Summer research grants / scholarships for science undergraduates?
February 6, 2013 11:03 PM   Subscribe

What are some non-institution-specific scholarships or grants for someone who wants to do primate research this summer?

I asked a question awhile back about summer primate research opportunities and got many helpful answers. I found two internships that I'm incredibly excited about, and I'll be applying to them in the next couple of weeks:

This one, at the Duke Lemur Center:

And this one, at Laurie Santos's CapLab (Capuchin Lab) at Yale:

Either of these opportunities would be life-changing and would set me on a good path for my future career studying great apes.

The problem is, I know I'm going to struggle to afford the travel and housing. I just don't have time/energy to work on top of school during the semester (and still get the GPA I need), but I would be willing to work part-time this summer if I must. However, I'd rather have a scholarship or grant (or a loan, if necessary) lined up to help me pay for housing and transportation so I can focus 100% on research.

MIT (my home school), as far as I've been able to find, doesn't offer funding to do research at other institutions (except abroad, which this is not).

Can anyone offer ideas for me to pay for this summer?

Thank you!
posted by lemoncakeisalie to Education (4 answers total)
Many if not all of the NSF's REUs (Research Experiences for Undergraduates) pay their students a stipend:

Consider one of them instead?

Also consider adding the keyword "stipend" etc when doing broader searches, e.g. /search?q=reu+primate+stipend+2013
Which brought up this random opportunity:

MIT (my home school), as far as I've been able to find, doesn't offer funding to do research at other institutions (except abroad, which this is not).

Well, if it useful to do fieldwork in your discipline, this may be the time to pick up some experience abroad. And if MIT will pay your way, ...

but I would be willing to work part-time this summer if I must.

You're grinding 24-7 in school right now. Doing a paid internship in a related but nonperfect match may be more edifying and less soul-destroying than doing an unpaid perfect internship on top of a summer job. Or no internship at all.

Deadlines are whizzing past, but consult some lists of internships in related fields like this, perhaps:
posted by sebastienbailard at 12:54 AM on February 7, 2013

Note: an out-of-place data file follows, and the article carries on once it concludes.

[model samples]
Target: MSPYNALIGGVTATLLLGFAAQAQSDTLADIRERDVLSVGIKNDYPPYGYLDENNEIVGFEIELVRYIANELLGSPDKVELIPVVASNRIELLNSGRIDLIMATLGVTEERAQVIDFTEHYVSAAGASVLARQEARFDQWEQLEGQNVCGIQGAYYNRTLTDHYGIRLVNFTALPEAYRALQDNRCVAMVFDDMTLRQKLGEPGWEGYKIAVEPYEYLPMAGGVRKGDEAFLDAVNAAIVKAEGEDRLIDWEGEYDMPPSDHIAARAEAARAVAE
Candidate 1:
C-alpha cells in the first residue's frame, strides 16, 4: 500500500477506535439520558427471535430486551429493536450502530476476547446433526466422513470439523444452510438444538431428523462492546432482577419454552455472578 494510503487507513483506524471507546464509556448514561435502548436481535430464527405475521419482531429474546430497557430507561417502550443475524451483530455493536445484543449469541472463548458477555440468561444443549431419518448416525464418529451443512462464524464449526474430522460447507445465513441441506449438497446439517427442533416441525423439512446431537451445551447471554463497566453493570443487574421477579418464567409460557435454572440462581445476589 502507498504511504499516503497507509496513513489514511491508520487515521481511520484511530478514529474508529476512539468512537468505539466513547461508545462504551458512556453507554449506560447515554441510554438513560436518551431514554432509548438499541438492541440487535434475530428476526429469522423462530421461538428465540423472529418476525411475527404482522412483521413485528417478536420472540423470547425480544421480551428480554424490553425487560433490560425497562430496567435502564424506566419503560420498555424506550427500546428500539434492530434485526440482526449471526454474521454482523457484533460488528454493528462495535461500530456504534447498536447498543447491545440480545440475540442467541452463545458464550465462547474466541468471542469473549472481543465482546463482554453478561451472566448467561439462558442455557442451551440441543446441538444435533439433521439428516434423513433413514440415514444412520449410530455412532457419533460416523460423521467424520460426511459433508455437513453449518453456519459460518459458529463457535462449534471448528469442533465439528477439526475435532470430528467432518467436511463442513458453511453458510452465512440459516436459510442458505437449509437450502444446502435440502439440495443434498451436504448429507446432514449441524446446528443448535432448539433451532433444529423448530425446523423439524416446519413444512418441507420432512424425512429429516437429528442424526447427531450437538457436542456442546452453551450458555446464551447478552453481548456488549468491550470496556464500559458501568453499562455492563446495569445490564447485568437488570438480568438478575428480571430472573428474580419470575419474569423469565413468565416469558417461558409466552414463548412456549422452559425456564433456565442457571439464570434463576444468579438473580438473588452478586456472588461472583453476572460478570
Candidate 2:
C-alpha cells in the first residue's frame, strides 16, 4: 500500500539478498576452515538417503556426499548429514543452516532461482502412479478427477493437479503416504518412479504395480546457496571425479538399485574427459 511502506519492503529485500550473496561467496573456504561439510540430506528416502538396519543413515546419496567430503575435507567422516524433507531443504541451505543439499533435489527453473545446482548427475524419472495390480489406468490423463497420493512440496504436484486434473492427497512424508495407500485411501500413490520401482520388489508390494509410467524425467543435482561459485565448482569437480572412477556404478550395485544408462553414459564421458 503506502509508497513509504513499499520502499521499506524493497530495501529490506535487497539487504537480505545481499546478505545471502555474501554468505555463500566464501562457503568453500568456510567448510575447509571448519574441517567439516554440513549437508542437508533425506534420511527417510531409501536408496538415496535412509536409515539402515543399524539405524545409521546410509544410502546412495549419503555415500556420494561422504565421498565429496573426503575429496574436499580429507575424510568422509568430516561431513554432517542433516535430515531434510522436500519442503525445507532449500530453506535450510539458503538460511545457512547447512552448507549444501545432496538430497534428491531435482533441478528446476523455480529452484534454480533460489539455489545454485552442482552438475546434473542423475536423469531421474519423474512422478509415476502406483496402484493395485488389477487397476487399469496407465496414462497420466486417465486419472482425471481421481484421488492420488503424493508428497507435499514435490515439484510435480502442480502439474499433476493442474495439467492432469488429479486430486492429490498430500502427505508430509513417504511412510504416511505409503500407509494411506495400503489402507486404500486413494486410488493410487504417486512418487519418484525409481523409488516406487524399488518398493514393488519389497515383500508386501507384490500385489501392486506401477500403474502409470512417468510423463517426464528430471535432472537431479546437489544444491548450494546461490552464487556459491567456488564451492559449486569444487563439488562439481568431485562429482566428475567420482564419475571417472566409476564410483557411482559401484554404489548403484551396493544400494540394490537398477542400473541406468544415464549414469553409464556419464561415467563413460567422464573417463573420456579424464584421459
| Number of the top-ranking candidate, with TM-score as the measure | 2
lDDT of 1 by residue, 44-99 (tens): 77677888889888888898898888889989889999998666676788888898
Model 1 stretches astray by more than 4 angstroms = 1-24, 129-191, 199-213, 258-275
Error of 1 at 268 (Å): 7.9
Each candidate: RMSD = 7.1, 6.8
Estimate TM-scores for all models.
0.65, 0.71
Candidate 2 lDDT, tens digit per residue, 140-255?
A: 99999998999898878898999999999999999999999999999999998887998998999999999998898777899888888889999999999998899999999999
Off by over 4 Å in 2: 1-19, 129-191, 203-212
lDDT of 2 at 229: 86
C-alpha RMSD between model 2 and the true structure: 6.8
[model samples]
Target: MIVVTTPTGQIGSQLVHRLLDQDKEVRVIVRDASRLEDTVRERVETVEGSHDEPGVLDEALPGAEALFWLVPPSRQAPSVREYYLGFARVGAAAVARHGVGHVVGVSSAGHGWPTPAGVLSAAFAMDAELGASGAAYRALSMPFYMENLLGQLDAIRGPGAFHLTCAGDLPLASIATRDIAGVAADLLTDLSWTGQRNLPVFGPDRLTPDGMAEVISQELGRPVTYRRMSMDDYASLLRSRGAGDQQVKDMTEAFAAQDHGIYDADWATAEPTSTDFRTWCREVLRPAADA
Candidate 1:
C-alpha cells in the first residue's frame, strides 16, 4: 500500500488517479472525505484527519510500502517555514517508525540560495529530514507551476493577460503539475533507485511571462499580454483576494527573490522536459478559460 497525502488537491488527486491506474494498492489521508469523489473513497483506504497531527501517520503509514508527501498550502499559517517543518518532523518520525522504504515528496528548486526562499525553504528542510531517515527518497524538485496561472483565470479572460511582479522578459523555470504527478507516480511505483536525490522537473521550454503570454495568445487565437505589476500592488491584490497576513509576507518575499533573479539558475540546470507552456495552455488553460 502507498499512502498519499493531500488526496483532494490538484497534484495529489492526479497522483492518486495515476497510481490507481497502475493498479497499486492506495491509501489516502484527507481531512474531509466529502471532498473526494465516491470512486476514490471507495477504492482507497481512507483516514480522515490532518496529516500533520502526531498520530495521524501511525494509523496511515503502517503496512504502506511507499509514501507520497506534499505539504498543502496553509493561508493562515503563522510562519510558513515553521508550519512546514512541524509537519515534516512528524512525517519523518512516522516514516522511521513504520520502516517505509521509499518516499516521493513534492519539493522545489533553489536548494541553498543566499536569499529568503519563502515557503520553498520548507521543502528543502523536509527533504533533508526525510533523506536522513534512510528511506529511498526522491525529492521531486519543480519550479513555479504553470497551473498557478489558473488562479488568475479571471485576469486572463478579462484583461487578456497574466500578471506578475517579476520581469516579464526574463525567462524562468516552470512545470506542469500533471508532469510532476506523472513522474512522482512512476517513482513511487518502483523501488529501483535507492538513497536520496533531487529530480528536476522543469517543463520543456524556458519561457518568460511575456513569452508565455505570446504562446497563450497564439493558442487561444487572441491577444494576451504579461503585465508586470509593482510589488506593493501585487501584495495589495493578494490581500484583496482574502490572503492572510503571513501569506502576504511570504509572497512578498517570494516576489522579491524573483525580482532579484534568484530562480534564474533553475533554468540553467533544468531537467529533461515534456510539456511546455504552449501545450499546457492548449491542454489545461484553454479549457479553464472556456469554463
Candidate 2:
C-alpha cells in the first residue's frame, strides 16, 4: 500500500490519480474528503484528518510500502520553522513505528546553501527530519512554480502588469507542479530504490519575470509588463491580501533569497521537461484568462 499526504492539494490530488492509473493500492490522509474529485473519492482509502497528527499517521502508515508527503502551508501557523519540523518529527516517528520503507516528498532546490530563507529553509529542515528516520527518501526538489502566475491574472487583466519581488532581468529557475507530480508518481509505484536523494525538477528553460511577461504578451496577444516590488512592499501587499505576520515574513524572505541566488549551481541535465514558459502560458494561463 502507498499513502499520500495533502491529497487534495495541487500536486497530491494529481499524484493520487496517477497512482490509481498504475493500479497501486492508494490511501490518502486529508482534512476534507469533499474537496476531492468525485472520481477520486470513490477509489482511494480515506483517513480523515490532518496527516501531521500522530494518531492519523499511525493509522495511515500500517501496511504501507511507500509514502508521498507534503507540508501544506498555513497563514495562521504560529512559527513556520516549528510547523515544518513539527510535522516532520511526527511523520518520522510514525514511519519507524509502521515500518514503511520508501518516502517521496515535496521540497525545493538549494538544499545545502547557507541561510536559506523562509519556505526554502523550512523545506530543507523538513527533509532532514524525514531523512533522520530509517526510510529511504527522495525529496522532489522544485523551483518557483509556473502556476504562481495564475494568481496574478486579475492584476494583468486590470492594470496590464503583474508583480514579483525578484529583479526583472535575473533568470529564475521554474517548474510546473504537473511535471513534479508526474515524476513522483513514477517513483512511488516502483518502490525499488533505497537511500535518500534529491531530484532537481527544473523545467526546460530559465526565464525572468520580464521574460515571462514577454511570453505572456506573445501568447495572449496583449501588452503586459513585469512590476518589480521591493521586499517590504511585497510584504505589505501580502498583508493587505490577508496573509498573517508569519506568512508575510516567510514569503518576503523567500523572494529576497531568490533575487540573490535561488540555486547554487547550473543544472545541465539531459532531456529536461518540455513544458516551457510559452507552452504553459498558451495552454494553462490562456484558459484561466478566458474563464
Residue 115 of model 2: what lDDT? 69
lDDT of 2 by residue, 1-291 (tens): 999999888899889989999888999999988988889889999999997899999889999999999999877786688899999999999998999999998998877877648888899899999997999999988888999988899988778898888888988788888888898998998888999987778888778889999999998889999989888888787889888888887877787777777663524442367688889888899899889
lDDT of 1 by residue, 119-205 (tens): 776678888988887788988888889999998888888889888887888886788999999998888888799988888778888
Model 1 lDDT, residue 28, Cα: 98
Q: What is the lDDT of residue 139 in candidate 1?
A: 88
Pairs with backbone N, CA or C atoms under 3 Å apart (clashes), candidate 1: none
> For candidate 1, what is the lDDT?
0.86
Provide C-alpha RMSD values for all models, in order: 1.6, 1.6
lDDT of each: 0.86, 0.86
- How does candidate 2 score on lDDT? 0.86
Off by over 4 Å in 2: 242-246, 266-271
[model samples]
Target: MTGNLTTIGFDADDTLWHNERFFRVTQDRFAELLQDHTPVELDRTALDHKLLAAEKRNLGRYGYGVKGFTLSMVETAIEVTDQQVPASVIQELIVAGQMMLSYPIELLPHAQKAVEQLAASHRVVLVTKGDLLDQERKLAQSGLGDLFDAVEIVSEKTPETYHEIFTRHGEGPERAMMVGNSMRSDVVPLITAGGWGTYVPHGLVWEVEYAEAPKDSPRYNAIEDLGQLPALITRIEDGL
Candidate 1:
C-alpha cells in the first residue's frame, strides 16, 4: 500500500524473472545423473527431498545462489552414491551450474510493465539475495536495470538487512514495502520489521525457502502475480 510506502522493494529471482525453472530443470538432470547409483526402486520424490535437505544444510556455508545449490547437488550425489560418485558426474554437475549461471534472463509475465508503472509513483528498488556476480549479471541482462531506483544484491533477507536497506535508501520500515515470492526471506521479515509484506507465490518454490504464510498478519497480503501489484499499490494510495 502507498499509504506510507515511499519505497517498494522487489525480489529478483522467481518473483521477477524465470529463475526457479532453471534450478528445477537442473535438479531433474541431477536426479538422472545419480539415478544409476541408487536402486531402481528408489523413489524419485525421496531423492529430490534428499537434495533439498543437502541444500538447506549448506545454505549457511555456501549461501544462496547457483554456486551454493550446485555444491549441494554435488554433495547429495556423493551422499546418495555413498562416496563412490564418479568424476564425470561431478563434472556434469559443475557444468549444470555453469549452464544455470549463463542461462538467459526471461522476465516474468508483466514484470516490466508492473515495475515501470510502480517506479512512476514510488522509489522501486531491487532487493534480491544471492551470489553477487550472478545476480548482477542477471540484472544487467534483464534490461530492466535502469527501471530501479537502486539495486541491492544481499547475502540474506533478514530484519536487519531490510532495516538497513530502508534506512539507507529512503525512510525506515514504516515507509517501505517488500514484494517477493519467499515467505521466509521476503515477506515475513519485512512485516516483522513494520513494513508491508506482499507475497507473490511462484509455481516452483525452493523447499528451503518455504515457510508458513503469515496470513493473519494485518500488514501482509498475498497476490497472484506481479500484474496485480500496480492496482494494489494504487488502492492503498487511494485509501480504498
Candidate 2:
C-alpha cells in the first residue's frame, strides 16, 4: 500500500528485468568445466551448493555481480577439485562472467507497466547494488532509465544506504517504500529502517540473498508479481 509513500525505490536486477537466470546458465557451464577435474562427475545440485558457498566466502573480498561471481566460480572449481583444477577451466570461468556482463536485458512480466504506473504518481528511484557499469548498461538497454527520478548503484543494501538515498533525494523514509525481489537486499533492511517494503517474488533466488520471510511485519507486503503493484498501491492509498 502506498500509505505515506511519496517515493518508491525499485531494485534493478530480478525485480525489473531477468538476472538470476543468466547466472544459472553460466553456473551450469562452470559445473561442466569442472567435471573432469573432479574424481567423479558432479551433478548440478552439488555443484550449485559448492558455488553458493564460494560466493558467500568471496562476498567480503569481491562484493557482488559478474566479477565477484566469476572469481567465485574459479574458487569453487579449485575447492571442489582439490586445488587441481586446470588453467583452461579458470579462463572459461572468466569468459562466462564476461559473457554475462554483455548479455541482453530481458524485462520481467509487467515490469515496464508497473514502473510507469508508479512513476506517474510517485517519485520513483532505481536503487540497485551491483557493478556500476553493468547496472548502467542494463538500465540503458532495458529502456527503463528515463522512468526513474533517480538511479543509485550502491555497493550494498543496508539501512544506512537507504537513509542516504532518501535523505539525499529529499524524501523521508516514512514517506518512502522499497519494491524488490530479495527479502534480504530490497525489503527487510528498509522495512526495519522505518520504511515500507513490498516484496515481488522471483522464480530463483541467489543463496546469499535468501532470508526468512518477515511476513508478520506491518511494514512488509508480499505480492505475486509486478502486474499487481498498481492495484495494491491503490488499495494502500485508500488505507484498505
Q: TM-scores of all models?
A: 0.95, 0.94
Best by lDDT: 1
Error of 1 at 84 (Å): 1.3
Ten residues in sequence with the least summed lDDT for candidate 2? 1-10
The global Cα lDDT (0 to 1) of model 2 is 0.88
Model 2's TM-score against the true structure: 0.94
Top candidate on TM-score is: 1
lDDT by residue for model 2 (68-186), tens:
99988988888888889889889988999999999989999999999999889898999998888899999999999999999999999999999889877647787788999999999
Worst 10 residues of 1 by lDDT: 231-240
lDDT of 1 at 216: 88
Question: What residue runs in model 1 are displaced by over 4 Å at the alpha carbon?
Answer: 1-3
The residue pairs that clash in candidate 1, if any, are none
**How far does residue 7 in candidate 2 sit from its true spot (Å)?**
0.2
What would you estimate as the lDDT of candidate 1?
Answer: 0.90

Unfortunately, there are very few dedicated scholarships for primate research over the summer for undergraduates, to the extent that I don't actually know of any. Most money going towards primate research comes in the form of grants for original research, even for undergrads. It might be worth asking folks at either of these internships if you'd be able to do original research while you are there, and then apply for a small grant.
posted by ChuraChura at 6:03 AM on February 7, 2013

I suspect the answer may be REU, rather than either of these two internships, just because the NSF REU program is an obvious place for labs to get funding for summer undergraduates. However, the REU list isn't turning anything up and deadlines are coming ridiculously soon if they haven't already. Most REUs pay somewhere between $2000 and $5000, depending on whether they pay for housing and travel separately. If you're not a US citizen or permanent resident, the REU situation gets tricky, as many places won't be able to fund you. I don't know how much luck you're going to have, though. The CapLab had an REU last summer that turned into this year's unpaid internship, by the looks of it.

However, it looks like there is a program run out of Harvard that is paid (though they don't pay for housing and it may not be accesible without a car.)

Two more lists: UC Berkeley MCB (which is not the department people interested in primates would be in, as I understand it), CUNY pre-med.

I'm tempted to say email these programs and ask how students have found funding, but I'd be worried they'd then question your 'commitment' when reading your application. Presumably the people writing your references are biologist or cog sci people of some kind. Have you considered asking them? Or some kind of undergraduate research office? You never know, there may be some badly advertised funding from MIT that you can't find on the website.
posted by hoyland at 6:18 AM on February 7, 2013

You might also look into the Amgen Scholars programs. Columbia has someone who does primate research but their deadline passed on 1 February.
posted by grouse at 7:24 AM on February 7, 2013

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